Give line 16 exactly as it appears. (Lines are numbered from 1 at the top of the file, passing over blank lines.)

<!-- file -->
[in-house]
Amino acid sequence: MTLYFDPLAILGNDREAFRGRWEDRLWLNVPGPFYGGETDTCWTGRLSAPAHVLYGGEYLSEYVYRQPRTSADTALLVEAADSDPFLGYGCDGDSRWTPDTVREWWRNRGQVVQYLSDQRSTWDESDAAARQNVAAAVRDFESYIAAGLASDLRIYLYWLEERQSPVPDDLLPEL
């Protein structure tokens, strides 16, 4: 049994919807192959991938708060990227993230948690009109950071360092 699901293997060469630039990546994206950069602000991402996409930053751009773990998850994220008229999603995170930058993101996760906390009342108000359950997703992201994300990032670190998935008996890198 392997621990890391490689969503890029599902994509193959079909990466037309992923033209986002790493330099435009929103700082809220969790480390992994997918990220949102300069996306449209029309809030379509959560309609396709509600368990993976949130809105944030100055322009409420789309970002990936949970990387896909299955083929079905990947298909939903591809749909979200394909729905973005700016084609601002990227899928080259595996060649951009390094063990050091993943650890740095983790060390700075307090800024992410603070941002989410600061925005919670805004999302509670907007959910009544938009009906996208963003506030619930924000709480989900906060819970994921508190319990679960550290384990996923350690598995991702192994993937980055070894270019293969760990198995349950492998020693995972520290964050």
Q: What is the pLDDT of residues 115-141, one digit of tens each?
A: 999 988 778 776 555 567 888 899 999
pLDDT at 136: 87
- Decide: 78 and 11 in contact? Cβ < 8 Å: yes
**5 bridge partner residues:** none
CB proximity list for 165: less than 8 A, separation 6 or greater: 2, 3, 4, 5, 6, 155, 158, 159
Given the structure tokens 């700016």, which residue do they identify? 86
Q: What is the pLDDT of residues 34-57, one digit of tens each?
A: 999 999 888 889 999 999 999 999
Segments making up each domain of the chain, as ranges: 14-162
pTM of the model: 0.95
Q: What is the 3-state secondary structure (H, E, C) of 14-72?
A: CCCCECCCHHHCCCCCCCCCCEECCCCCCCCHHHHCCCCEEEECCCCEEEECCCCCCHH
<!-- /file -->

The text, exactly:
A: CCCCECCCHHHCCCCCCCCCCEECCCCCCCCHHHHCCCCEEEECCCCEEEECCCCCCHH